Saturday, November 1, 2014

Impetus versus onus

Music occupies a bizarre nether region of commercially codified art. All of us think of and genuinely consider musicians--even middling ones--artists. Of course each type of art, whether it be writing and poetry, or painting and sculpture, or movies and theatre, has it's own modes of consumption.

Most of us do not own more than a handful of pieces of visual art (and more often than not, just reproductions). Most books, we only get through once--most movies too, for that matter. Plays are an occasion. Music though, we tend to own--or, in the streaming digital age, access--large quantities and we play much of it repeatedly. We somehow try to absorb music as a work of art whilst handling it as a commodity.

By contrast, our brief and infrequent encounters with great paintings or sculptures are fleeting and profound. Music by your favorite musician? You've steeped in those works. They're a part of your DNA. If that musician provides a new record of strikingly similar work, it's inherently going to feel, well… redundant. You'll probably enjoy it well enough, but it will take a conscious effort on your own part to get this new, ancillary material to matter to you.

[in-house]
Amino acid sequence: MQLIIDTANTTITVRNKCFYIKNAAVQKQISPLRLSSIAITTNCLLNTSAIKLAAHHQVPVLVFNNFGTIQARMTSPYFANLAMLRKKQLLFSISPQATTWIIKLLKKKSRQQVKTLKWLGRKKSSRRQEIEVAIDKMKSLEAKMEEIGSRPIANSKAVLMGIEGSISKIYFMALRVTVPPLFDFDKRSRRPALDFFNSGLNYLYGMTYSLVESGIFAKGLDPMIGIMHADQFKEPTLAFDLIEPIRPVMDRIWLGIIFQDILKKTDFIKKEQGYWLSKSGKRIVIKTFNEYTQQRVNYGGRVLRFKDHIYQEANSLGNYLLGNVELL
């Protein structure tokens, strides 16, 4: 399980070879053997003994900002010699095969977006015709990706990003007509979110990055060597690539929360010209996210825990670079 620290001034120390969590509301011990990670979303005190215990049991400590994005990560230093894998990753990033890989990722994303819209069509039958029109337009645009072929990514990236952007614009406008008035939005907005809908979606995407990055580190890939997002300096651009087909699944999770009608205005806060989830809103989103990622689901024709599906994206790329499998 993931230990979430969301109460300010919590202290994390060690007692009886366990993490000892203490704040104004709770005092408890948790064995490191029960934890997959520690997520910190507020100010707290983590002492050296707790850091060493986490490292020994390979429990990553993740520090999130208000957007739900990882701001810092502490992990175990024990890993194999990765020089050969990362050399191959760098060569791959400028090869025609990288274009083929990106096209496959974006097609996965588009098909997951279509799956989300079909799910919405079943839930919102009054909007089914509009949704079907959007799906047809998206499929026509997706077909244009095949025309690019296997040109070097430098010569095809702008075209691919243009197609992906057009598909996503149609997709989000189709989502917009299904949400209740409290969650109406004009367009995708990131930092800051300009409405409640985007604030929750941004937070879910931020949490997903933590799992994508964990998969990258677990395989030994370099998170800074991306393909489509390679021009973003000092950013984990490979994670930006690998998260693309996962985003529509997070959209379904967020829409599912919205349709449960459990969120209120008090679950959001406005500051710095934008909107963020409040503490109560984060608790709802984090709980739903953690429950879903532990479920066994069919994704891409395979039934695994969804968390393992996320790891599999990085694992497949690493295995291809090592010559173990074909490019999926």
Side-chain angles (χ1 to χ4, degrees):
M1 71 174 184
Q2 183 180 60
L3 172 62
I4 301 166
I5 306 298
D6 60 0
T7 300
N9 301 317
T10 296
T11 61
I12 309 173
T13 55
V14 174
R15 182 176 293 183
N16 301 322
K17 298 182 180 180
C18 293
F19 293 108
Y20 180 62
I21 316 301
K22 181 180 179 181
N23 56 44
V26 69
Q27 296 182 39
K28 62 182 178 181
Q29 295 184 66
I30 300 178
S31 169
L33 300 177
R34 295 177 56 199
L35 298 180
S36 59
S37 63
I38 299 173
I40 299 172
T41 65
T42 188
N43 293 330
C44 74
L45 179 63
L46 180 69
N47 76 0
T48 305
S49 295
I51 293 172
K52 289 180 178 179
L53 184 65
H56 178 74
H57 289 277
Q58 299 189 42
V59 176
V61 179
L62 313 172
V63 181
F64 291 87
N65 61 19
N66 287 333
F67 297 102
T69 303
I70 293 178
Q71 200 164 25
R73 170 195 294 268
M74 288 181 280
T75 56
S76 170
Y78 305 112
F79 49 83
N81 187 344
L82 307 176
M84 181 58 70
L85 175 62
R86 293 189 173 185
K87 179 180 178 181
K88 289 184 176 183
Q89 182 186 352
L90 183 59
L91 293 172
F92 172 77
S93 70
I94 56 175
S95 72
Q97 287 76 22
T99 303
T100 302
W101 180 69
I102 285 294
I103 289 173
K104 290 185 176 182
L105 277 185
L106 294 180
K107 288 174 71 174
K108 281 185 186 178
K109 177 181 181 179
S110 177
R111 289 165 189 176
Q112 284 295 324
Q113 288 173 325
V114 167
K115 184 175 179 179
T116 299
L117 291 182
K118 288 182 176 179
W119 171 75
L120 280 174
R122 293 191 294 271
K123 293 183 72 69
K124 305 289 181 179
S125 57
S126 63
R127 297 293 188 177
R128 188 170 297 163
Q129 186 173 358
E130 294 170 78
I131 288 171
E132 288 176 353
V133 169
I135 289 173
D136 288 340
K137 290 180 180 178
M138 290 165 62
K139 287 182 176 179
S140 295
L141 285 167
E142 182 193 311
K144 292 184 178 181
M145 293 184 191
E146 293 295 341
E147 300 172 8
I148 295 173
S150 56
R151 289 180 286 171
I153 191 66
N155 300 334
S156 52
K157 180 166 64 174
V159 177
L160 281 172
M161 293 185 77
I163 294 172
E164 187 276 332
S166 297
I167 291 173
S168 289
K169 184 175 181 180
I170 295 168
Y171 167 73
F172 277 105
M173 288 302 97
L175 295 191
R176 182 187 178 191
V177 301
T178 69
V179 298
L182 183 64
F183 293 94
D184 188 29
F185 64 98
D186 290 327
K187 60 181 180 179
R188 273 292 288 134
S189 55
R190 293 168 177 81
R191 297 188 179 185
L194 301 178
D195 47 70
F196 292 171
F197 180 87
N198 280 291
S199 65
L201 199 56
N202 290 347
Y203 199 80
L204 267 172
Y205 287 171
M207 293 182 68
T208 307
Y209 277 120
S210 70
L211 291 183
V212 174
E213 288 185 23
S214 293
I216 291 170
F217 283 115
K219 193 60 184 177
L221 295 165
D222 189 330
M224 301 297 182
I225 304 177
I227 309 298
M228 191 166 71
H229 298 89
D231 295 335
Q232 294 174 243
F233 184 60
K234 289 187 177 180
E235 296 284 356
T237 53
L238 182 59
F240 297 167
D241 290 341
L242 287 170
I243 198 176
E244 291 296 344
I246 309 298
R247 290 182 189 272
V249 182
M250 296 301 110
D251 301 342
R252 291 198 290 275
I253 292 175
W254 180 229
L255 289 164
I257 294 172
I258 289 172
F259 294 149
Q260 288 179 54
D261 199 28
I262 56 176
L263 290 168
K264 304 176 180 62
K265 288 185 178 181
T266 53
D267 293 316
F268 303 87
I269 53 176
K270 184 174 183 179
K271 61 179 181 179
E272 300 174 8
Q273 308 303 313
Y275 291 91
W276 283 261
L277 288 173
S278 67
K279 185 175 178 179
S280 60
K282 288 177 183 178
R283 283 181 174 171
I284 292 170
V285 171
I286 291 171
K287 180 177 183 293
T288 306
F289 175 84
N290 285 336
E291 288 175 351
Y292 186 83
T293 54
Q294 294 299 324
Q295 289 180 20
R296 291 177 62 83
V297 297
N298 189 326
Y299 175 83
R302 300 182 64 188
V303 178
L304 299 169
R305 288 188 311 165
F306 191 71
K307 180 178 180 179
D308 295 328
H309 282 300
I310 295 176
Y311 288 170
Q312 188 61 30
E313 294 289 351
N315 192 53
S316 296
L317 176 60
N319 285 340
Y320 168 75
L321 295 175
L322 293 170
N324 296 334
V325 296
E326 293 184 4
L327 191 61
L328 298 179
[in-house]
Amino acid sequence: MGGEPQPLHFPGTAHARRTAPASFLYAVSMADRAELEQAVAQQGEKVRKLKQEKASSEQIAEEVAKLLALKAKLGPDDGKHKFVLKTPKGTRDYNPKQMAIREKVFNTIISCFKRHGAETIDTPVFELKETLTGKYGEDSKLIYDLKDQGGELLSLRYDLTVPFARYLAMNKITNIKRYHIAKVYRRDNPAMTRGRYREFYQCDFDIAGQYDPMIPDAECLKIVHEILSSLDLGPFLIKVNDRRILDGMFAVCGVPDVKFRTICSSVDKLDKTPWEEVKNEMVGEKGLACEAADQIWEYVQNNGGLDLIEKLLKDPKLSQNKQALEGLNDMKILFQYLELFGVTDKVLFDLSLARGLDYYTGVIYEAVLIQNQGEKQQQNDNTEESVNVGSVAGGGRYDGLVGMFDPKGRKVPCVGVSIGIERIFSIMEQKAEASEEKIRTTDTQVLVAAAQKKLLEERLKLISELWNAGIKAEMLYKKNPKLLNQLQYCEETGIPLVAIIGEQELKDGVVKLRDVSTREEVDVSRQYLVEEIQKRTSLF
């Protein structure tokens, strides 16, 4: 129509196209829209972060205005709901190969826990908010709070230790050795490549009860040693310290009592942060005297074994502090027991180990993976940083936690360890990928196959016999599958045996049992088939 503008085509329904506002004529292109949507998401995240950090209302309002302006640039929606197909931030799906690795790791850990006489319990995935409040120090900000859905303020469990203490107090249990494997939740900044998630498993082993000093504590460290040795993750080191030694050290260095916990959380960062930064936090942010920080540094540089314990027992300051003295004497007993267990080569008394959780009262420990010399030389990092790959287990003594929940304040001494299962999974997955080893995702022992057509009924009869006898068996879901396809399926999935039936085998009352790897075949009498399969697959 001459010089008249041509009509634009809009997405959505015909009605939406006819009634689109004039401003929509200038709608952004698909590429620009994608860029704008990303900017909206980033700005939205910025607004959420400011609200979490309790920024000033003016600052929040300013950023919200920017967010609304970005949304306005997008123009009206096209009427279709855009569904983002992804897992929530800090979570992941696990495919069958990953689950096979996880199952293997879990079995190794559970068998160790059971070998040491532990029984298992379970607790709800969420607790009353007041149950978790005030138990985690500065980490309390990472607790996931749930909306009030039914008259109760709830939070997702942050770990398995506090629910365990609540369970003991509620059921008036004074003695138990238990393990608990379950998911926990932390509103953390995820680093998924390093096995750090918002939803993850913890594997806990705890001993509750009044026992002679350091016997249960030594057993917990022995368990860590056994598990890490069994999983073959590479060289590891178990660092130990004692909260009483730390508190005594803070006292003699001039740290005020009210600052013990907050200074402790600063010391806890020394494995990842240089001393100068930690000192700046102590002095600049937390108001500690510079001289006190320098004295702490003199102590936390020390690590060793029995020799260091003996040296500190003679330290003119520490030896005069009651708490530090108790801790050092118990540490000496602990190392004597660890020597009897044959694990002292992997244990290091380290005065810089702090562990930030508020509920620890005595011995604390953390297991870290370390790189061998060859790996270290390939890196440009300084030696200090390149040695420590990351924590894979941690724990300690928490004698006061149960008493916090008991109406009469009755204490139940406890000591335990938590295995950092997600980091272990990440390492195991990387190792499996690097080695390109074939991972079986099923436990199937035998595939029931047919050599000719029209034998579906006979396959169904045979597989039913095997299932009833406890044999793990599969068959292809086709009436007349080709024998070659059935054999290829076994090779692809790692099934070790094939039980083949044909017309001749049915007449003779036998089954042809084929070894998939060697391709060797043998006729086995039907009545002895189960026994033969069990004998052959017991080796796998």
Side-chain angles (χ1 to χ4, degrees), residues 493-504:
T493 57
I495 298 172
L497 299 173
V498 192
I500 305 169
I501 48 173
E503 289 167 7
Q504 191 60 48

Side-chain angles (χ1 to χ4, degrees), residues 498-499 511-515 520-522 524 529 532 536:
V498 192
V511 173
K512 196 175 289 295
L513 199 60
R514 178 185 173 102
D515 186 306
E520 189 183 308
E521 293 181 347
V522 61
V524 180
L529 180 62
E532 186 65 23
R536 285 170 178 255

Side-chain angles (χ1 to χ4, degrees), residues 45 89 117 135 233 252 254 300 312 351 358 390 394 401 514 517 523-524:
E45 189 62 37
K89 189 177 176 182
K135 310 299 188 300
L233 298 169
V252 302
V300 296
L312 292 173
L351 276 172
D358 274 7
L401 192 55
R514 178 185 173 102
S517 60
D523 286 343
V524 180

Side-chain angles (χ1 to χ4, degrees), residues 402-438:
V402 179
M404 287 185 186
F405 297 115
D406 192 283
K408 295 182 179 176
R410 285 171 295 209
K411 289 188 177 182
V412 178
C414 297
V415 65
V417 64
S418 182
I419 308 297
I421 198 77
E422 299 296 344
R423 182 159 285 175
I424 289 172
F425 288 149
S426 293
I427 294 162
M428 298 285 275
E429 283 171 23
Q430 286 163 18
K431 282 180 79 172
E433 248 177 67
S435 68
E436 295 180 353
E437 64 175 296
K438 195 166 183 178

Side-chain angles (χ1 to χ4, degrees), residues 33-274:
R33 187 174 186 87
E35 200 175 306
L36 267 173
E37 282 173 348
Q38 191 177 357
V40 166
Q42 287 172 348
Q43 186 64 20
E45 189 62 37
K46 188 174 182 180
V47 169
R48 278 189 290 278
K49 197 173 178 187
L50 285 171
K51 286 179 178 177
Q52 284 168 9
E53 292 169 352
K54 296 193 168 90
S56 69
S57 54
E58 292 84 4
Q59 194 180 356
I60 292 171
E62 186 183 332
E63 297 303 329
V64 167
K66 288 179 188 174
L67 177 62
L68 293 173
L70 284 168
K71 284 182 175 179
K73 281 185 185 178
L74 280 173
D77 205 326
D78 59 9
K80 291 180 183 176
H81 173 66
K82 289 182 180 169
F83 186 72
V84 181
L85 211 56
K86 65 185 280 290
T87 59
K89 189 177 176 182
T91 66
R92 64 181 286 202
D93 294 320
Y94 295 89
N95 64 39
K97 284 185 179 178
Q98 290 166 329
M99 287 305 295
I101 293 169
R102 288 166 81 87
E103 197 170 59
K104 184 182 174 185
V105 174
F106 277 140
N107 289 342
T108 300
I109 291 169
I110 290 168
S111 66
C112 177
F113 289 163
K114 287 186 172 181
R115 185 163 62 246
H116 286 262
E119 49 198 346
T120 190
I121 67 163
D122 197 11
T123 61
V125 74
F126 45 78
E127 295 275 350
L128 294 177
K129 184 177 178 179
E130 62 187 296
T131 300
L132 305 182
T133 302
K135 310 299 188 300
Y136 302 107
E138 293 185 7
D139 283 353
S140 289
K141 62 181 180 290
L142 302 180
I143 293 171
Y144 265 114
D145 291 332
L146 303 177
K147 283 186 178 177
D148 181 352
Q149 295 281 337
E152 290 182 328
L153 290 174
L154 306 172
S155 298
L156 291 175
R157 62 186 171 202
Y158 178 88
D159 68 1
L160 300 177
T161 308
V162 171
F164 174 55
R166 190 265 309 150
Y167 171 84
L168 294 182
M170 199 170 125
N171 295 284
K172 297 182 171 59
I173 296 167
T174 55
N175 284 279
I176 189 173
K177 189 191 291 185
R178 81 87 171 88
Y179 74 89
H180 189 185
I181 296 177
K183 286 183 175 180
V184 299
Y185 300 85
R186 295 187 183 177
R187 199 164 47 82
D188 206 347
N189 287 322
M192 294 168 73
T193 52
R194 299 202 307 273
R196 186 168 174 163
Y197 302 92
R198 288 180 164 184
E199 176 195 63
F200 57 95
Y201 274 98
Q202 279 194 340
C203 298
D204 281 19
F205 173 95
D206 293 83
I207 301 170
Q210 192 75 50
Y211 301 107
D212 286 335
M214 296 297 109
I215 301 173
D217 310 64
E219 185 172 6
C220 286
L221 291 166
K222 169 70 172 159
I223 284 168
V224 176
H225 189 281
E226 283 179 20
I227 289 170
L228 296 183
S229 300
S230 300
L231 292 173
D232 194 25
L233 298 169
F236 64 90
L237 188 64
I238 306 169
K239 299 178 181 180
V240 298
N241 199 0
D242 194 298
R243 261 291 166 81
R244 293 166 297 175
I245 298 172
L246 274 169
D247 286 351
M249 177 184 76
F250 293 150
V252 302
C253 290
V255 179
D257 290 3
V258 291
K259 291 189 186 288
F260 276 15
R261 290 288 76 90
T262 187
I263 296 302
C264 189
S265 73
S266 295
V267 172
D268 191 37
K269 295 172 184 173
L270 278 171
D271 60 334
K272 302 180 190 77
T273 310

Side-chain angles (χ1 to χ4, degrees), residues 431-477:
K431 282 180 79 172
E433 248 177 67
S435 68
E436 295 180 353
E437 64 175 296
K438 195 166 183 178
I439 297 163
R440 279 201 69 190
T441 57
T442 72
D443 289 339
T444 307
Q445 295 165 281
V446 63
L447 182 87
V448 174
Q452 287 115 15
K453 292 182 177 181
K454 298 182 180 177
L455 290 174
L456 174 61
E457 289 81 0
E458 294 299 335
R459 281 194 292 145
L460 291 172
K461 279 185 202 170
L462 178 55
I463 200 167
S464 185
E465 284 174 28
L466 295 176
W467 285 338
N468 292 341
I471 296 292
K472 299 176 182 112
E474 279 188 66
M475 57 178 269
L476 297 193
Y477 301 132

Artistically, that seems unfair. Consider how long visual artists--from Monet to Rothko--mined highly specific niches. They'd plumbed the depths of it, with little expectation to re-innovate. One or two sea level changes are enough for one career, thank you. This plays into what we expect of musicians: we want them to audibly change and grow with each new work or release.

Additionally, like movies (and, to a lesser extent, books) we simultaneously expect music to be art that also entertains. Entertainment and artistic value are, at heart, different beasts. Of course, great art can entertain us--but it can also challenge, disturb or confront us.

Take the most obvious example: David Bowie. His career arc is at once exceptional, but also strikingly archetypical. He kept himself relevant for years beyond the usual pop commodities' shelf-life by way of radical reinventions: post-hippie psychedelic-folkster to glam-rock visionary to narco-soul crooner to outer-space pop revolutionary to new wave champion. He even pulled out of a creative nose-dive by rightly predicting a return of rockist power and then turned to embrace industrial and drum-n-bass dance culture. Lately though, he's settled into a career sunset of give-the-people-what they-want-ism: a sort of soft-focus pastiche of his own past, puréed into a stew that everyone can enjoy but nearly no one will remember.